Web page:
I stayed for two official throws; the second one everyone practiced doing "The Wave" several times before finally throwing the colors up into the air in a rolling wave.
I have to admit:
The color throws were surreal and beautiful.
Some of the colors were incense scented too.
The fragrance in the breeze was wonderful.
I also had to wonder: Imagine if all communities had such an event every year.
Imagine the church members who have gotten a bit stuffy or a bit irritated with each other.
An opportunity to throw colors at each other might just be the thing to set things right again.
Could anyone stay mad after this sort of crazy color fun?
I think not.
People spontaneously added their palm prints to the side of one building.
Another community building tradition in my opinion.
Parents helped color the smaller children.
And the small children colored their parents gleefully.
Pouches the size of sandwich bags filled with dyed corn starch were sold at the festival.
No one could bring in colors from outside; the ones for sale were organic and non toxic.
Some folks wore surgical masks or bandannas but for the most part the powder really wasn't that hard on the breathing.
One booth offered henna tattooing.
Some year I think I'd like to have my hands dyed with a henna design.
(Some year before age spots complete their design on the back of my hand on their own.)
I am not sure what company is marketing Holi Festival of Colors nation wide.
From what I am reading, it is getting to be a very popular event and growing more so with every passing year.
Interestingly there is also something called a Color Run that is being held all over America.
Runners sign up to run and at each segment completed they are pelted with a different color.
At the end of the run everyone is a colored almost as brightly as a Holi celebrator.
Dandelions bloomed profusely in the surrounding fields and making dandelion chains for crowns was a sweet free past time for these folks.
(I had tucked my camera under my shirt between photos and somehow I had switched my camera from auto to manual without noticing hence the fuzzy photo that I nevertheless rather like.)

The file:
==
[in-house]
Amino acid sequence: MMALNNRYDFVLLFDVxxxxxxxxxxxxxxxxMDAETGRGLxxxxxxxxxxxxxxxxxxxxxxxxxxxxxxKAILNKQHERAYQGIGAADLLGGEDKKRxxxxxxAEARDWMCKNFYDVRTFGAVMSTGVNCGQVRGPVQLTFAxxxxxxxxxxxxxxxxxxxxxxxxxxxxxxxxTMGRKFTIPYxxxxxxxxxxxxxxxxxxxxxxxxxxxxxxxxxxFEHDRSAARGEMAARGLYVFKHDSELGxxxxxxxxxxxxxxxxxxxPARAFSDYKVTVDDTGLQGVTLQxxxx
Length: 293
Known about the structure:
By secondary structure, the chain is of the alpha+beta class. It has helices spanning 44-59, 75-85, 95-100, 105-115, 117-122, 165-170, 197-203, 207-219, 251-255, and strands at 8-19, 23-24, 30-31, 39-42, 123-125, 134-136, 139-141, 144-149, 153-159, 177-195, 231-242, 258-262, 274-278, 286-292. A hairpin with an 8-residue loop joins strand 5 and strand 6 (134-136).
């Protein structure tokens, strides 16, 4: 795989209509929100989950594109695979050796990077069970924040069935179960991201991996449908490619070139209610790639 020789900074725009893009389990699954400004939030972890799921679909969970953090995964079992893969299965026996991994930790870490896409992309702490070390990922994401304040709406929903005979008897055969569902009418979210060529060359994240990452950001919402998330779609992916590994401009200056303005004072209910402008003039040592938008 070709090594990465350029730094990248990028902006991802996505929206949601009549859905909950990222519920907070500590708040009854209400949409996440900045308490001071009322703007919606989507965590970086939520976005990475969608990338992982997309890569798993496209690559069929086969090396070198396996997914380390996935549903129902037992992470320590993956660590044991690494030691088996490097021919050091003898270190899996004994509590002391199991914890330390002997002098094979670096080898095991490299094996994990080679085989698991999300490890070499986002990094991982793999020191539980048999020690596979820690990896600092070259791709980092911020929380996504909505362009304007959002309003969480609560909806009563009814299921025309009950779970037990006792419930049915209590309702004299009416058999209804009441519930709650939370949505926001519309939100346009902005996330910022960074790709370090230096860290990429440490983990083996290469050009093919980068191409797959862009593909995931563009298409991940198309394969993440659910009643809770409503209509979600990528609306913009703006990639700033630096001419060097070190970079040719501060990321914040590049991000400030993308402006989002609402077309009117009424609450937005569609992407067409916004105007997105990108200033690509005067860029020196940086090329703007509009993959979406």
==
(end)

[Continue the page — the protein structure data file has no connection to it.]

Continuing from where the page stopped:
The festival leaders took pride in the fact that no one left litter on the ground and while there were security guards on the grounds the event was really quite peaceful.
Before and after each count down throw everyone was encouraged to hug the person standing next to you.
I gave a fellow photographer a quick hug...we were standing at the edge of the field trying to get the best view of the throw.
We smiled at each other and then aimed out cameras out to the crowd.
Check out the plastic clad camera man!
A stage held some rocking rock bands that were really good.
The Master of Ceremony introduced one group as being the second most popular Holi band nationally, and the band hailed from San Diego.
Rock music was played with Krishna's name popped into the lyrics randomly.
That was rather amusing to me.
The guy in white gave a brief address to the crowd.
He spoke about God, and that the main identifier of God is always LOVE.
He stressed that the Creator God made everything and everyone and then He rested.
(I was with him with this thought...nice to hear Creationism being touted!)
He pointed out that if one does not love, one does not know God.
If one is working so hard to succeed that one doesn't have time to love his wife and children , it is not right.
He added we should call upon God's name to provide all our needs and to receive love to give to others.
(So far...so good.)
He encouraged everyone to call upon God's Name.
God, Jesus, Allah, Buddha, Krishna...all are names of God (um...I disagreed with that...) and we were encourage to call upon and chant the name of God that WE used.
Since we were on the grounds of the Krishna Temple, the God name Krishna would be chanted from here.
He added that if "they" (the Krishna) were to come to other places of worship the next day, on Sunday, they would happily chant the name of our God in our places of worship.
I have to admit I got a chuckle out of imagining a shaved head dotted forehead harem pant wearing Krishna guy popping into an LDS Ward or Catholic Cathedral or Jewish Synagogue and standing in the pew barefooted while chanting "Jesus...Jesus...Jesus" at the ward or church or "Baruch a Shem" at the synagogue.
There was a large sign declaring that filming for a documentary was going on throughout the day and entering into the area was to give consent to be filmed.
I think it will be a miracle if anything they film will be usable through all the colors floating through the air.
I will be on the look out for the film's release.
Until then...here's one of the more famous Holi movie scenes currently out there for you to enjoy!